SUNNYVALE -- Some people get their jollies re-enacting the Civil War. Others dig retro cuisine. Then there are fashionistas, who "heart" anything vintage.
Now, add a new category of folks who enjoy an occasional, but precious trip into the past: Atari Aficionados.
More than 100 of them -- including many who fondly remember playing Atari video games as kids in the 1970s or 80s on the company's original, ground-breaking consoles -- flocked Saturday to an "Atari Party.''
The event also featured two speakers -- former Atari engineer Dan Kramer, who championed the creation of the Trak-Ball controllers for the Atari 2600, and PONG creator Al Alcorn.
The event at the Sunnyvale Library was anything but a subdued affair for anti-social geeks. It was a surprisingly boisterious bash, as guests, some of whom brought their kids, mingled to share memories and play games like PONG and Missile Command on the bulky old devices.
"I'm here to reminisce about the good old days of video games,'' mobile designer Michael Huh, 31, yelled above the din. "It brings me back to my childhood in Minnesota. I played everyday for two or three hours.''
Like many at the party, Huh turned his passion for video games into a lucrative tech career. In a sign Huh is on the cutting edge, he sported Google Glass, a computer built like eyeglasses that contain an optical, head-mounted display, which he said he's testing.
Bill Kendrick founded the Atari Party concept in 2009. Asked why, the 39-year-old joked, "because I'm still 7, apparently.'' Now, he's the chief technology officer for Smashwords, an ebook publishing platform.
"It was like, I can make the TV do things, so what else can I do,'' said Kendrick, who began writing software as a result of playing.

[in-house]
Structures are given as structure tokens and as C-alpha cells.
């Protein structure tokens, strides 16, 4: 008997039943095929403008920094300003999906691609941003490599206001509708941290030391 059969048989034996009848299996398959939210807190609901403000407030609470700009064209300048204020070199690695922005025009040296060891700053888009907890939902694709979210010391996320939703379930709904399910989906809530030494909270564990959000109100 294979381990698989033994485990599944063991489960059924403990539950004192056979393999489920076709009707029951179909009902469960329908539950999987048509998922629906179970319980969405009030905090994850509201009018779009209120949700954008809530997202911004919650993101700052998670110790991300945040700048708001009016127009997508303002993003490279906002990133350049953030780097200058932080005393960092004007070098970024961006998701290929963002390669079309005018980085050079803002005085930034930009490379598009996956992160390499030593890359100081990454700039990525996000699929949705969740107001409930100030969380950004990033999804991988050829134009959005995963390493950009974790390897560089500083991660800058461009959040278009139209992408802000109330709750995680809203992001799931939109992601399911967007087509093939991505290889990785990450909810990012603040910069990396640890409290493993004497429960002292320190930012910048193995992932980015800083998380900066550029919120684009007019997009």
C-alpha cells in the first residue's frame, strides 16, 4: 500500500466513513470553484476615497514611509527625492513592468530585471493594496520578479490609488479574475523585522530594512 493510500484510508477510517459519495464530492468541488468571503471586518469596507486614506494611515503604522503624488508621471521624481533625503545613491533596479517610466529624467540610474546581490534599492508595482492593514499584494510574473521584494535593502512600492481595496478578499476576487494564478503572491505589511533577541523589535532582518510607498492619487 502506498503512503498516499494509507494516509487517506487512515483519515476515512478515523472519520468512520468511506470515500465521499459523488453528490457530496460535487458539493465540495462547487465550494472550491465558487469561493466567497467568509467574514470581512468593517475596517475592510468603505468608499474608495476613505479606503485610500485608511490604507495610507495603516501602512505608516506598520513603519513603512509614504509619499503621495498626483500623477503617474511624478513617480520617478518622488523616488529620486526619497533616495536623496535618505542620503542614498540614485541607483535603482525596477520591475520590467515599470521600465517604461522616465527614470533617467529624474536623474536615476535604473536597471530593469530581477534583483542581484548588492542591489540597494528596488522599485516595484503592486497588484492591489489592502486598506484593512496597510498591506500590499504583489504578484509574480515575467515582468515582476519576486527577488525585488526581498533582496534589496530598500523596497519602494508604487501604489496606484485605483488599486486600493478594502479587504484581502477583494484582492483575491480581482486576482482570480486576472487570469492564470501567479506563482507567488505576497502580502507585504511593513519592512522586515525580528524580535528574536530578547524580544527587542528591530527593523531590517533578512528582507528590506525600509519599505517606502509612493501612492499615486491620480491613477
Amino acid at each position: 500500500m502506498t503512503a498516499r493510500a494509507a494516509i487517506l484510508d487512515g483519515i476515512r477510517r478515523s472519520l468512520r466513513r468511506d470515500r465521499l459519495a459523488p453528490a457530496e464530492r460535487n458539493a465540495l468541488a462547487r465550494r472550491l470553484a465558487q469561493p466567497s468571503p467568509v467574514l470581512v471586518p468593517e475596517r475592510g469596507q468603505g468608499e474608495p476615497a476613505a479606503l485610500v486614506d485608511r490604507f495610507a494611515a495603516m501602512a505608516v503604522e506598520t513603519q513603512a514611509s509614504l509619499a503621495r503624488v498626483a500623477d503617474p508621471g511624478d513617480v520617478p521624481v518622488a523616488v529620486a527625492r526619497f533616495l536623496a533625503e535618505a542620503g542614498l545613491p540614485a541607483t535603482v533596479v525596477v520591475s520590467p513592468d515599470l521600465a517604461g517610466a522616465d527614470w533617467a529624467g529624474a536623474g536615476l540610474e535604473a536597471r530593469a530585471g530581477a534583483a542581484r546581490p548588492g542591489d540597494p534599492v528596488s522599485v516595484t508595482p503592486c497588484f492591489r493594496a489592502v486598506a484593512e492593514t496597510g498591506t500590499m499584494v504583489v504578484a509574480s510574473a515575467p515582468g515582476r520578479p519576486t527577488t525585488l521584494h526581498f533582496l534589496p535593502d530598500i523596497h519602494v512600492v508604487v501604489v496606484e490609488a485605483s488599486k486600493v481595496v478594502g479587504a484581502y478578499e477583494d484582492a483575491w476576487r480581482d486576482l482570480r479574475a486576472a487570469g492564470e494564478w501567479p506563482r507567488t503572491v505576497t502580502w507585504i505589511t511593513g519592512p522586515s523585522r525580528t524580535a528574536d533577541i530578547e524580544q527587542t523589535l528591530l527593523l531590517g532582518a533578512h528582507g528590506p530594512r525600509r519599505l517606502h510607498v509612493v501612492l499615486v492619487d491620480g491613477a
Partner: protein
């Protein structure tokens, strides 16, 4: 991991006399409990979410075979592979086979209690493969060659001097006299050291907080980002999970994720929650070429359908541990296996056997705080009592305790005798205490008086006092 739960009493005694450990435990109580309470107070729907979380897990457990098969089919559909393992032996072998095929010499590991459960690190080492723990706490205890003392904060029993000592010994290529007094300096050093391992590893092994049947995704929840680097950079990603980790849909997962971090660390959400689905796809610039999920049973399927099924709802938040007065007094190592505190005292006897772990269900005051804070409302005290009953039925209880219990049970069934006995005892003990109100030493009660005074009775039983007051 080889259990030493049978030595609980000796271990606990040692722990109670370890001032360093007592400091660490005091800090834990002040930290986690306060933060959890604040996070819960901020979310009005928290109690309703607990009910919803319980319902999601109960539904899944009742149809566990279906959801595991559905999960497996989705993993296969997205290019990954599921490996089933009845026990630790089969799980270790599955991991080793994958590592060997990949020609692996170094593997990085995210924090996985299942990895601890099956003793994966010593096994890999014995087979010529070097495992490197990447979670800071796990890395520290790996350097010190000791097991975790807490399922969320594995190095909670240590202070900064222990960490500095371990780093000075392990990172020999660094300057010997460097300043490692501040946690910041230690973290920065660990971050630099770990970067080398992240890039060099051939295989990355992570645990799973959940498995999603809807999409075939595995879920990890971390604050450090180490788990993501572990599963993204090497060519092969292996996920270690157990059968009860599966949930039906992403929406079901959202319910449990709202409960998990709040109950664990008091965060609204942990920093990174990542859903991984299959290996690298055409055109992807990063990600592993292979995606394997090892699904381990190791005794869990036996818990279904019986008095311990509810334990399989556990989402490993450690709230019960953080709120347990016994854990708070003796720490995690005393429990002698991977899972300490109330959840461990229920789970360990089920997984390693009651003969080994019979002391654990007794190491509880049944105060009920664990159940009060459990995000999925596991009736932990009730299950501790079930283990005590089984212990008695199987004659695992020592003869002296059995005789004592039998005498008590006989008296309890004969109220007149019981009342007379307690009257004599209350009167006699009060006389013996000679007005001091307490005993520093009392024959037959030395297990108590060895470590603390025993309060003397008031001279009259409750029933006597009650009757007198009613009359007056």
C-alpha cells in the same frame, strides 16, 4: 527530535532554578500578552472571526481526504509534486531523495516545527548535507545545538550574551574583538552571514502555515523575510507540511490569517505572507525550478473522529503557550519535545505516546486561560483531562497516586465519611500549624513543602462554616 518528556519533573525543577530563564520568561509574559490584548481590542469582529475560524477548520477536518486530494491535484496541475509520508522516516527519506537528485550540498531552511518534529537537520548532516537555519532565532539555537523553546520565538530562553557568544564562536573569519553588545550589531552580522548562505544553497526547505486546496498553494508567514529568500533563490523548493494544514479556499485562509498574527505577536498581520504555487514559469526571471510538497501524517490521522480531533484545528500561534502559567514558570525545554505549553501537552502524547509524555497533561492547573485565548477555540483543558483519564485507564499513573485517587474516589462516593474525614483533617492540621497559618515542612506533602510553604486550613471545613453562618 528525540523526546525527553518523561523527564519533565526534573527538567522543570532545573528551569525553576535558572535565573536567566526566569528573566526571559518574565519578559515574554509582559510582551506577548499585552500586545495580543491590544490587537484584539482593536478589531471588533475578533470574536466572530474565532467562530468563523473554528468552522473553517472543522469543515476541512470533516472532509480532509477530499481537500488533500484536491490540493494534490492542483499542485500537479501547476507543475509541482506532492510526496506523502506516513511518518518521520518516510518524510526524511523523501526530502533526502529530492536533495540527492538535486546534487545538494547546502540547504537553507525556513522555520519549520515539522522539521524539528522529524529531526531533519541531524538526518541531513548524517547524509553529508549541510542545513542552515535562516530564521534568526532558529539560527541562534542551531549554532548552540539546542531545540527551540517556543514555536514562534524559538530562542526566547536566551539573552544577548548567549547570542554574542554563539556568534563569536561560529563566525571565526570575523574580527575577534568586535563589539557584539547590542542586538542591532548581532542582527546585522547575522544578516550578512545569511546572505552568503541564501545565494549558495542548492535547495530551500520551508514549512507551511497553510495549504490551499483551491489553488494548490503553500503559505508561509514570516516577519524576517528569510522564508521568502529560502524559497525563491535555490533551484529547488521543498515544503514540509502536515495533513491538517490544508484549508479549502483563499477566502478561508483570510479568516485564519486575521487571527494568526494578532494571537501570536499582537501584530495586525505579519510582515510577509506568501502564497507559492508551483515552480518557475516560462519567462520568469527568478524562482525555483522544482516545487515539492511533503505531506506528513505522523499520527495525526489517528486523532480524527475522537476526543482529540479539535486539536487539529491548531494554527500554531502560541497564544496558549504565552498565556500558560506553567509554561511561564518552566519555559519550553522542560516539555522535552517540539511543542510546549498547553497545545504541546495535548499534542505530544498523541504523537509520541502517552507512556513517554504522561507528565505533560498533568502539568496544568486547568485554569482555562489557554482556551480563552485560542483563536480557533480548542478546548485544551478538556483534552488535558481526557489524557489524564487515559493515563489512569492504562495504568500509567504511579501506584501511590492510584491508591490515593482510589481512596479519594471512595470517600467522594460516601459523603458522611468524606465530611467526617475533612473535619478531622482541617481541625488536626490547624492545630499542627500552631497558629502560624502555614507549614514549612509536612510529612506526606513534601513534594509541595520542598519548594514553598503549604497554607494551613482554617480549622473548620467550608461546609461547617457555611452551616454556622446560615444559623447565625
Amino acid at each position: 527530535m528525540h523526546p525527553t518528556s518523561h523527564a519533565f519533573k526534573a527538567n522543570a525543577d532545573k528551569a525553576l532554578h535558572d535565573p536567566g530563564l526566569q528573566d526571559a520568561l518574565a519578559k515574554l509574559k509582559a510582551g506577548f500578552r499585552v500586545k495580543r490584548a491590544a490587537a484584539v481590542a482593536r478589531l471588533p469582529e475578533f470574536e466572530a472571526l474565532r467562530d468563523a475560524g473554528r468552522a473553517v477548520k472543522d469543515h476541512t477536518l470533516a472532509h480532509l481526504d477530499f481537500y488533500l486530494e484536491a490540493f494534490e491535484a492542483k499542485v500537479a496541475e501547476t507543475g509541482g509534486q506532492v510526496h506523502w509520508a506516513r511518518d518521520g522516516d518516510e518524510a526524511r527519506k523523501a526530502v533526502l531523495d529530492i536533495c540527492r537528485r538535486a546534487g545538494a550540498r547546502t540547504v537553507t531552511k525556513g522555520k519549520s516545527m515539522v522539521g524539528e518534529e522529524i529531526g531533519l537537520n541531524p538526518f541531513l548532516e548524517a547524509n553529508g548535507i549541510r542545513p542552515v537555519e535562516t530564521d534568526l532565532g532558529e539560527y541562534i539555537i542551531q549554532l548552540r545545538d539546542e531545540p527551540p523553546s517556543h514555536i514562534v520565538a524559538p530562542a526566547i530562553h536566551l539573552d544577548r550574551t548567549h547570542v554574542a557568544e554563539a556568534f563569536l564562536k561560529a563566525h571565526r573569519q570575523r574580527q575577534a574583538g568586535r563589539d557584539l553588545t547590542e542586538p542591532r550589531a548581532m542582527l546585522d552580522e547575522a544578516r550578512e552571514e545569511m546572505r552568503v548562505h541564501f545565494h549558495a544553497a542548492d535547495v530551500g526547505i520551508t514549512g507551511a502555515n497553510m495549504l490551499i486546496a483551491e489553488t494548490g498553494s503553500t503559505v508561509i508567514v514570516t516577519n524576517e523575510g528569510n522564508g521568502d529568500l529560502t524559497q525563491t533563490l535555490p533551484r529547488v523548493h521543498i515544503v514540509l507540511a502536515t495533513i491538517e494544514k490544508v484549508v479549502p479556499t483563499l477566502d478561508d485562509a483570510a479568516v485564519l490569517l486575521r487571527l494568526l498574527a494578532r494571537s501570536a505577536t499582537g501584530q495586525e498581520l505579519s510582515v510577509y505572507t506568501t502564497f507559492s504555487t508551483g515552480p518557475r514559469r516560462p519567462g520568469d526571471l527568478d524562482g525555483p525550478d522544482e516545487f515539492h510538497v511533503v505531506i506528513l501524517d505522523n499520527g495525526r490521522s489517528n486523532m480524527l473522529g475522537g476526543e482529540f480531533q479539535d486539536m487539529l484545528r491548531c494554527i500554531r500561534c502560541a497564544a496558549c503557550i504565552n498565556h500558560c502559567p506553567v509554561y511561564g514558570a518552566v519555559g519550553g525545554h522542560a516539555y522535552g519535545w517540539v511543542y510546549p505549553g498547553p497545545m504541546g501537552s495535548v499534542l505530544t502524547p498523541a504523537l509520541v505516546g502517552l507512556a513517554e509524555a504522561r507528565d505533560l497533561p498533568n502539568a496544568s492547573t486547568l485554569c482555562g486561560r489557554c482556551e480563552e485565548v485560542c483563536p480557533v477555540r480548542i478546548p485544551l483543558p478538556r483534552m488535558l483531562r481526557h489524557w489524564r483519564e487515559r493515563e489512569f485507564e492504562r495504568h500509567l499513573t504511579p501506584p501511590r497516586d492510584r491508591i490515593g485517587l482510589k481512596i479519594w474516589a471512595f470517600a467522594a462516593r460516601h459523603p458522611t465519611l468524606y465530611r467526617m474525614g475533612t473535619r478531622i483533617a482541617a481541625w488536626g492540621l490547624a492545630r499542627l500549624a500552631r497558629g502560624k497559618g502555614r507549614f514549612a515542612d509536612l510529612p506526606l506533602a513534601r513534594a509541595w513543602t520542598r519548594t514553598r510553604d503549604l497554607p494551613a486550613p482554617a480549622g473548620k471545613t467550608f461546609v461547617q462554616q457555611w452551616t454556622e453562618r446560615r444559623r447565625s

Video games have come a long way since Atari helped pioneer the pasttime. Today, it's a $66 billion industry. About 80 percent of the wired world's population play games, many on their cellphones. At a more advanced level, there are even professional online gaming tournaments.
People don't realize it, but most games are not violent, said Judith Haemmerle, director of the Digital Game Museum in Santa Clara, which co-hosted the party with Friends of the Sunnyvale Library. Housed in a 1,000-square-foot office, it was founded in 2010 and Haemmerle insists it is the West Coast's only professionally managed gaming museum.
These days, there are puzzle games, anti-bullying games, games that teach skills to the armed forces and police, and others that help older people keep their brains sharp.
"Gaming is one of the major drivers of tech advances,'' she noted.
It also continues to inspire a new generation of tech-savvy kids. A 5-year-old girl, for instance, invented a popular game called "Ponycorns) (after ponies and unicorns), Haemmerle said. The museum has her original crayon drawings, part of a broader effort to preserve gaming history.
"It's being lost,'' she said, "because most people don't take video game history seriously.''
Contact Tracey Kaplan at 408-278-3482. Follow her at Twitter.com/tkaplanreport.